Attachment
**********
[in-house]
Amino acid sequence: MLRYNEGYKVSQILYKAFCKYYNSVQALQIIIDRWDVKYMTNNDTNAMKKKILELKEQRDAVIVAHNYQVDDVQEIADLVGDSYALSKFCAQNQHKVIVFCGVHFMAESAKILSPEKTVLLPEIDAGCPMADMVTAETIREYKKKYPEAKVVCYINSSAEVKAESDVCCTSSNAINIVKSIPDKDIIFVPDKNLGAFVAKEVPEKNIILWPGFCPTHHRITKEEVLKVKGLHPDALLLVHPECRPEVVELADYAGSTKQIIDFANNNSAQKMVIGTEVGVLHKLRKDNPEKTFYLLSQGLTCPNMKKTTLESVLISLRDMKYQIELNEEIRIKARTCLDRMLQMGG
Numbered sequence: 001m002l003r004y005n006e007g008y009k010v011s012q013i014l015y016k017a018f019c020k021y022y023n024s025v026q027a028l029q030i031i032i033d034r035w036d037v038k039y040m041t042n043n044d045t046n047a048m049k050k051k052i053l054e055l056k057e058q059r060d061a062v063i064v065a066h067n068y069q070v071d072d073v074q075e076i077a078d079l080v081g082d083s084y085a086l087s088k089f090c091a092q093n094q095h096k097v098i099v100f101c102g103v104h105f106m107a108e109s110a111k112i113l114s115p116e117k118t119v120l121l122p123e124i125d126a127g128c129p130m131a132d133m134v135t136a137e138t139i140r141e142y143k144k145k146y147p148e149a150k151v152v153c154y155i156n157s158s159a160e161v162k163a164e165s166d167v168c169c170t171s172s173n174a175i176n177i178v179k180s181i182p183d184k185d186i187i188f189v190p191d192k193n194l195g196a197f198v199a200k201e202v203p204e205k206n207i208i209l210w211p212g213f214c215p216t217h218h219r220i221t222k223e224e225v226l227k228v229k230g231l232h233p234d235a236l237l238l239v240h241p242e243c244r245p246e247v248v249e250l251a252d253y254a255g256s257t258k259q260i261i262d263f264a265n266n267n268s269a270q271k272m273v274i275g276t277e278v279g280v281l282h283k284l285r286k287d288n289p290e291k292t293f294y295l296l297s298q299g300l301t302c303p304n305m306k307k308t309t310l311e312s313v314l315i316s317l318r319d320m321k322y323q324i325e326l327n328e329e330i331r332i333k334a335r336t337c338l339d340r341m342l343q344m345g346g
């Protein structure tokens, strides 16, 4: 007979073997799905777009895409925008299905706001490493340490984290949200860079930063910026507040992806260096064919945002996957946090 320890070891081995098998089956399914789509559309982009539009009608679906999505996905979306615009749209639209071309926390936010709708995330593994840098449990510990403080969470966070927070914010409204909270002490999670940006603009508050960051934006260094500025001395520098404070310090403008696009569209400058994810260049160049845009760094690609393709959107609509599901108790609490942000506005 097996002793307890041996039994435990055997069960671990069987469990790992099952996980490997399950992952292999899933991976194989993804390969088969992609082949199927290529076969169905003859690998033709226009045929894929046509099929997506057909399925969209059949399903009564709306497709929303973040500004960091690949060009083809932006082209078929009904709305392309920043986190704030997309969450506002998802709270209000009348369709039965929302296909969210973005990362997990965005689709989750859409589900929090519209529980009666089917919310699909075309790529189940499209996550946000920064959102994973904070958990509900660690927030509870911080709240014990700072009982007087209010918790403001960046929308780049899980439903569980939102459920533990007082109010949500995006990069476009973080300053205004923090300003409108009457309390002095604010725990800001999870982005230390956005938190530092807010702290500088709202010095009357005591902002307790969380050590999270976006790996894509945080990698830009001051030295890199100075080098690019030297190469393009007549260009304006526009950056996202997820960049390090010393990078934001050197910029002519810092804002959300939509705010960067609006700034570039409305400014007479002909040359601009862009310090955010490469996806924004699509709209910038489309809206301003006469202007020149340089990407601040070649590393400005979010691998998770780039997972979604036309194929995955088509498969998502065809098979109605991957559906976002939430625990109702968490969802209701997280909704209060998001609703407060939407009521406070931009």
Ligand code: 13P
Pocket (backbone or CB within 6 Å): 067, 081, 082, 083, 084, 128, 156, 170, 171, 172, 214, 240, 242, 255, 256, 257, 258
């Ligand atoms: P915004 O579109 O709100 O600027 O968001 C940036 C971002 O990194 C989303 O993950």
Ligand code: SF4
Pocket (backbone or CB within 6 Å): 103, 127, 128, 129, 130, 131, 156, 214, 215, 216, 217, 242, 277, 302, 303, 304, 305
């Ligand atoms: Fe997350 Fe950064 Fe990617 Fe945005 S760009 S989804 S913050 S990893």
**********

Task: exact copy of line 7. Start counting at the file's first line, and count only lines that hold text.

């Ligand atoms: P915004 O579109 O709100 O600027 O968001 C940036 C971002 O990194 C989303 O993950």